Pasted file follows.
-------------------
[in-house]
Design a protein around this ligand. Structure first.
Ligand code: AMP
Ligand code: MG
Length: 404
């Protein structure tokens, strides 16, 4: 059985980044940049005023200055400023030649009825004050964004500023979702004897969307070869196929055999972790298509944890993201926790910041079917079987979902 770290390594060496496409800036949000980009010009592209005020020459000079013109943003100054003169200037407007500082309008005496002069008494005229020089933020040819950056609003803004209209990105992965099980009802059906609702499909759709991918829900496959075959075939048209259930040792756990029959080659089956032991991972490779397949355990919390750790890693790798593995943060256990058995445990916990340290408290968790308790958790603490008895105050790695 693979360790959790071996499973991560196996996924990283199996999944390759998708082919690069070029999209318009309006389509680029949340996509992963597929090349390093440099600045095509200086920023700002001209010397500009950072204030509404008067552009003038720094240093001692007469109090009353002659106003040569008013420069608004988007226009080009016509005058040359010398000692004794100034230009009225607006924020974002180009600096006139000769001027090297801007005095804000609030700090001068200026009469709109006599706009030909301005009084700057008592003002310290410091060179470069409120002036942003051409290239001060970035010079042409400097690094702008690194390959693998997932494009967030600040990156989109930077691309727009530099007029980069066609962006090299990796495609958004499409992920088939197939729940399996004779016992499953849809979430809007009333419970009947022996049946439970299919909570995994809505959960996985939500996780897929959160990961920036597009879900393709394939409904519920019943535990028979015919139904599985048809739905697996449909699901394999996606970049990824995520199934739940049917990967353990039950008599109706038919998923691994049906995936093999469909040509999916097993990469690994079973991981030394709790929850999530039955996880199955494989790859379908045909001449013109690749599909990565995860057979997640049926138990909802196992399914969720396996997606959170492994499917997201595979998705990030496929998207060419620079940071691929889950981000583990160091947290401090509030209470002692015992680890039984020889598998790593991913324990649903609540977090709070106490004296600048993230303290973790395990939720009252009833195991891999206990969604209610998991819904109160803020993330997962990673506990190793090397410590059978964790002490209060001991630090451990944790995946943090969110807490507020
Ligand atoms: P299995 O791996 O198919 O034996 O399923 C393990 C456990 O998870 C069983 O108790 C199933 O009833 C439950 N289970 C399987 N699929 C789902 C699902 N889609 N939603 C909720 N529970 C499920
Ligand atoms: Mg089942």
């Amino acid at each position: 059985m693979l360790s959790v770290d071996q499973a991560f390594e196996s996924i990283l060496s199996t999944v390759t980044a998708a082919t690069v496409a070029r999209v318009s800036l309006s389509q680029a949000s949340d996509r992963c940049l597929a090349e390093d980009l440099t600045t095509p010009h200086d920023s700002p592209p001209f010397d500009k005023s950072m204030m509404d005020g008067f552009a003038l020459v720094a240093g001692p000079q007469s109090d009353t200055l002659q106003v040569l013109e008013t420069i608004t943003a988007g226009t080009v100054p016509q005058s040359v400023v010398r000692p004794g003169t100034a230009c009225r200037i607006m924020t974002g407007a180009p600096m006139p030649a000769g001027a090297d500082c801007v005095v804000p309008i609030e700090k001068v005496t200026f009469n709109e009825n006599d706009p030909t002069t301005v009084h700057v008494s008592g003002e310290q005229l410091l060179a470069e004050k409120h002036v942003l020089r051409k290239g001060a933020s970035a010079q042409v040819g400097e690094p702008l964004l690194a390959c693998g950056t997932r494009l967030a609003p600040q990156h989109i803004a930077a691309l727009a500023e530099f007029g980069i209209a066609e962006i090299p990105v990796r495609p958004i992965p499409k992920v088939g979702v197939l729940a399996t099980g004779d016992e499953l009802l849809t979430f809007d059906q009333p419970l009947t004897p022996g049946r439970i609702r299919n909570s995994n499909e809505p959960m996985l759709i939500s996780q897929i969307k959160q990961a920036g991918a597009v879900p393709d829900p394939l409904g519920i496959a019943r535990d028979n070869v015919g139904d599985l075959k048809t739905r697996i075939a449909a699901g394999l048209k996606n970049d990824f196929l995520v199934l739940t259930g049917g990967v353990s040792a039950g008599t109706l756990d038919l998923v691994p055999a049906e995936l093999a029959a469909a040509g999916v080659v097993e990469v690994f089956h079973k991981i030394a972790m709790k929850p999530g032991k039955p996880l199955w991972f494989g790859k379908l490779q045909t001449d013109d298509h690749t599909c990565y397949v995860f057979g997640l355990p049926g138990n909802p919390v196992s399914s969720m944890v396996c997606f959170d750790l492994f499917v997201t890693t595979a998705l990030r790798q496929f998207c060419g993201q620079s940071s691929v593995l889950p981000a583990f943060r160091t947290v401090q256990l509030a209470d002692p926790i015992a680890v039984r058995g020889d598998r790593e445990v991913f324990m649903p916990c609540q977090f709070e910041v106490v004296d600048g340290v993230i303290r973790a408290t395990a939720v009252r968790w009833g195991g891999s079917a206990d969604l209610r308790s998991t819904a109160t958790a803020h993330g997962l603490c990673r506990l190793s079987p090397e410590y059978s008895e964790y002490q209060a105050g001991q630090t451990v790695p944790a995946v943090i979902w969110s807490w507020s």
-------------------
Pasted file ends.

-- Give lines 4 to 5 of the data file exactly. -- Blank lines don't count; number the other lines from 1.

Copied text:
Ligand code: MG
Length: 404